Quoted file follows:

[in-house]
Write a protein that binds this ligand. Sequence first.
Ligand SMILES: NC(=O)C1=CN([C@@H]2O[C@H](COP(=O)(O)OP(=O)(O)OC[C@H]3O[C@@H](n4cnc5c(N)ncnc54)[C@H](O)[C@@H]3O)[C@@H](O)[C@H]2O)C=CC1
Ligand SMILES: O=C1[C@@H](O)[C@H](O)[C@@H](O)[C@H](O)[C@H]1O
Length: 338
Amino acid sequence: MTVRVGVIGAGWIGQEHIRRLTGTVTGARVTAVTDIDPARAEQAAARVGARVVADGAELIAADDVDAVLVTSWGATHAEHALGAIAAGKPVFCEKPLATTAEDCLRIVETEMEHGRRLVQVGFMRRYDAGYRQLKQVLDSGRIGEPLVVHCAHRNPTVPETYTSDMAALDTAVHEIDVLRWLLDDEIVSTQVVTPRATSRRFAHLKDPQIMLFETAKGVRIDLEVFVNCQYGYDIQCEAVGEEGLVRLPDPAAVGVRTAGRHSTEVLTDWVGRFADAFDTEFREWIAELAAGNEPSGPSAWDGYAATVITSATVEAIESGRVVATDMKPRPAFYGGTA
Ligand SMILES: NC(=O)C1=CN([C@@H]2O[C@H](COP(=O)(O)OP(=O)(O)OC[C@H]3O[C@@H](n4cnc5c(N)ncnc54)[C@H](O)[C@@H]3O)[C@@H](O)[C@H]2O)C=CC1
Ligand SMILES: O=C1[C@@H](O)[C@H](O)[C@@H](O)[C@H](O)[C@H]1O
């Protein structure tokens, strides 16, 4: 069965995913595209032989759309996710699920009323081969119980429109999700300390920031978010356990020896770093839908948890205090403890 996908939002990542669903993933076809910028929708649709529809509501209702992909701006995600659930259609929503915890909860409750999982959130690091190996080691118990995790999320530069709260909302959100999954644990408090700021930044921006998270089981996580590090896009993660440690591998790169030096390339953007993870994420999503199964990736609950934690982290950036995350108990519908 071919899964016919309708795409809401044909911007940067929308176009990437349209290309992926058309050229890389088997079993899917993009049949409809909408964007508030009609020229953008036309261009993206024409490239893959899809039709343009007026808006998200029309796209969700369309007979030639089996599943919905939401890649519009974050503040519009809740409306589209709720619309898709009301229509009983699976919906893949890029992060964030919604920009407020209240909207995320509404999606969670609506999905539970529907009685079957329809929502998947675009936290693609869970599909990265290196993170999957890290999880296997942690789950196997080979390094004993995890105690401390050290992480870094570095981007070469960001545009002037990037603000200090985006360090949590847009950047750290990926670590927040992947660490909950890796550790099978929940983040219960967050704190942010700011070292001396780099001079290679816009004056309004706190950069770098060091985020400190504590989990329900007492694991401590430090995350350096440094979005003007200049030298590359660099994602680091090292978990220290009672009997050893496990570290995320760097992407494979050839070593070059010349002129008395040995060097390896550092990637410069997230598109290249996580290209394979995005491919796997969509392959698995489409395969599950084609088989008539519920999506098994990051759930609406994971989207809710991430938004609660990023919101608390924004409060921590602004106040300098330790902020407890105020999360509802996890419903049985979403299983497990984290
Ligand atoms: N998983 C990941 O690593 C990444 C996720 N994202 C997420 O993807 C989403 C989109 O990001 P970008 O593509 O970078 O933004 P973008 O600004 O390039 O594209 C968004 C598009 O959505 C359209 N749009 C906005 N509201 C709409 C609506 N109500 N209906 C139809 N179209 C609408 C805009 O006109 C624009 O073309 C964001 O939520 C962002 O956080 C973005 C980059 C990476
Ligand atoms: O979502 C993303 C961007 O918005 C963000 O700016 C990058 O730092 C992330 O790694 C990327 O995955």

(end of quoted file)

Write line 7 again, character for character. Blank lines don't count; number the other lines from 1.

Ligand SMILES: NC(=O)C1=CN([C@@H]2O[C@H](COP(=O)(O)OP(=O)(O)OC[C@H]3O[C@@H](n4cnc5c(N)ncnc54)[C@H](O)[C@@H]3O)[C@@H](O)[C@H]2O)C=CC1